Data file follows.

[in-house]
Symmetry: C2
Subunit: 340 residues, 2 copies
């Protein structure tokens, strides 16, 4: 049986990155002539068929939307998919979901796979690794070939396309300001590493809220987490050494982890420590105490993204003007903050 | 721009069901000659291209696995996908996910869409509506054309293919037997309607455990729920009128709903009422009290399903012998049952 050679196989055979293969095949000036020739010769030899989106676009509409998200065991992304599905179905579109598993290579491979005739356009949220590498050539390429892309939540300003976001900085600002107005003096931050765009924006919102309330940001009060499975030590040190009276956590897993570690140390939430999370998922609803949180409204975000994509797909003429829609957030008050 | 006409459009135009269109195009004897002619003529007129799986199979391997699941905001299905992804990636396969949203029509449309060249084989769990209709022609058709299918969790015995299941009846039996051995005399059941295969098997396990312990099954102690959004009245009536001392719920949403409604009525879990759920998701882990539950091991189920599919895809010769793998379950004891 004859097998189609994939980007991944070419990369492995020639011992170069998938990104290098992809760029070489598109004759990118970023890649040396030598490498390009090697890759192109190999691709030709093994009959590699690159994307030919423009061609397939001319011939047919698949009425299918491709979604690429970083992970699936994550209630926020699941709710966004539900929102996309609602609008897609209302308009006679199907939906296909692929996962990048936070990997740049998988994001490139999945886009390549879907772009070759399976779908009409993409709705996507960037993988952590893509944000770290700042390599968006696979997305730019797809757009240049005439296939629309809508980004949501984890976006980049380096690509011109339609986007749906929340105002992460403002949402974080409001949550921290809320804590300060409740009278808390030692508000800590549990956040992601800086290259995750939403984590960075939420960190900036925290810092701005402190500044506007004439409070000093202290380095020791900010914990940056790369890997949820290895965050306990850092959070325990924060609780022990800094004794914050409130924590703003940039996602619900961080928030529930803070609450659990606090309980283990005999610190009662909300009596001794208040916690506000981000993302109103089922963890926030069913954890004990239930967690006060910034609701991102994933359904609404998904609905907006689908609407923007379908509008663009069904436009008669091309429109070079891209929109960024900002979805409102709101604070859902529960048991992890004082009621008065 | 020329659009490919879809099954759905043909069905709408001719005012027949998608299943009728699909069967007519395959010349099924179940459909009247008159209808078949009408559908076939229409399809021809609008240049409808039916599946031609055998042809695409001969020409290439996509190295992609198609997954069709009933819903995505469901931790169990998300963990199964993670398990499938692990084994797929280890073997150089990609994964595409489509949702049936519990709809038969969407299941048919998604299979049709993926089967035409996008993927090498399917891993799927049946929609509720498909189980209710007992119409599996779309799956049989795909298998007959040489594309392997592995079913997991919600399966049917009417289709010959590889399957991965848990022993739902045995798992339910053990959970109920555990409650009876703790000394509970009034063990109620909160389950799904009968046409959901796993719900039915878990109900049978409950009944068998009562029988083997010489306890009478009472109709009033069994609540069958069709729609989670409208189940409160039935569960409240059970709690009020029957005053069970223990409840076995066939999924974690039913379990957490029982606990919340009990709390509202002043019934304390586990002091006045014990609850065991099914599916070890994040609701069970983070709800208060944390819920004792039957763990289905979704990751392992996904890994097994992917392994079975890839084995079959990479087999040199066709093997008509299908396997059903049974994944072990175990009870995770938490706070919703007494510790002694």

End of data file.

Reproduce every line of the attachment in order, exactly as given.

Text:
[in-house]
Symmetry: C2
Subunit: 340 residues, 2 copies
């Protein structure tokens, strides 16, 4: 049986990155002539068929939307998919979901796979690794070939396309300001590493809220987490050494982890420590105490993204003007903050 | 721009069901000659291209696995996908996910869409509506054309293919037997309607455990729920009128709903009422009290399903012998049952 050679196989055979293969095949000036020739010769030899989106676009509409998200065991992304599905179905579109598993290579491979005739356009949220590498050539390429892309939540300003976001900085600002107005003096931050765009924006919102309330940001009060499975030590040190009276956590897993570690140390939430999370998922609803949180409204975000994509797909003429829609957030008050 | 006409459009135009269109195009004897002619003529007129799986199979391997699941905001299905992804990636396969949203029509449309060249084989769990209709022609058709299918969790015995299941009846039996051995005399059941295969098997396990312990099954102690959004009245009536001392719920949403409604009525879990759920998701882990539950091991189920599919895809010769793998379950004891 004859097998189609994939980007991944070419990369492995020639011992170069998938990104290098992809760029070489598109004759990118970023890649040396030598490498390009090697890759192109190999691709030709093994009959590699690159994307030919423009061609397939001319011939047919698949009425299918491709979604690429970083992970699936994550209630926020699941709710966004539900929102996309609602609008897609209302308009006679199907939906296909692929996962990048936070990997740049998988994001490139999945886009390549879907772009070759399976779908009409993409709705996507960037993988952590893509944000770290700042390599968006696979997305730019797809757009240049005439296939629309809508980004949501984890976006980049380096690509011109339609986007749906929340105002992460403002949402974080409001949550921290809320804590300060409740009278808390030692508000800590549990956040992601800086290259995750939403984590960075939420960190900036925290810092701005402190500044506007004439409070000093202290380095020791900010914990940056790369890997949820290895965050306990850092959070325990924060609780022990800094004794914050409130924590703003940039996602619900961080928030529930803070609450659990606090309980283990005999610190009662909300009596001794208040916690506000981000993302109103089922963890926030069913954890004990239930967690006060910034609701991102994933359904609404998904609905907006689908609407923007379908509008663009069904436009008669091309429109070079891209929109960024900002979805409102709101604070859902529960048991992890004082009621008065 | 020329659009490919879809099954759905043909069905709408001719005012027949998608299943009728699909069967007519395959010349099924179940459909009247008159209808078949009408559908076939229409399809021809609008240049409808039916599946031609055998042809695409001969020409290439996509190295992609198609997954069709009933819903995505469901931790169990998300963990199964993670398990499938692990084994797929280890073997150089990609994964595409489509949702049936519990709809038969969407299941048919998604299979049709993926089967035409996008993927090498399917891993799927049946929609509720498909189980209710007992119409599996779309799956049989795909298998007959040489594309392997592995079913997991919600399966049917009417289709010959590889399957991965848990022993739902045995798992339910053990959970109920555990409650009876703790000394509970009034063990109620909160389950799904009968046409959901796993719900039915878990109900049978409950009944068998009562029988083997010489306890009478009472109709009033069994609540069958069709729609989670409208189940409160039935569960409240059970709690009020029957005053069970223990409840076995066939999924974690039913379990957490029982606990919340009990709390509202002043019934304390586990002091006045014990609850065991099914599916070890994040609701069970983070709800208060944390819920004792039957763990289905979704990751392992996904890994097994992917392994079975890839084995079959990479087999040199066709093997008509299908396997059903049974994944072990175990009870995770938490706070919703007494510790002694």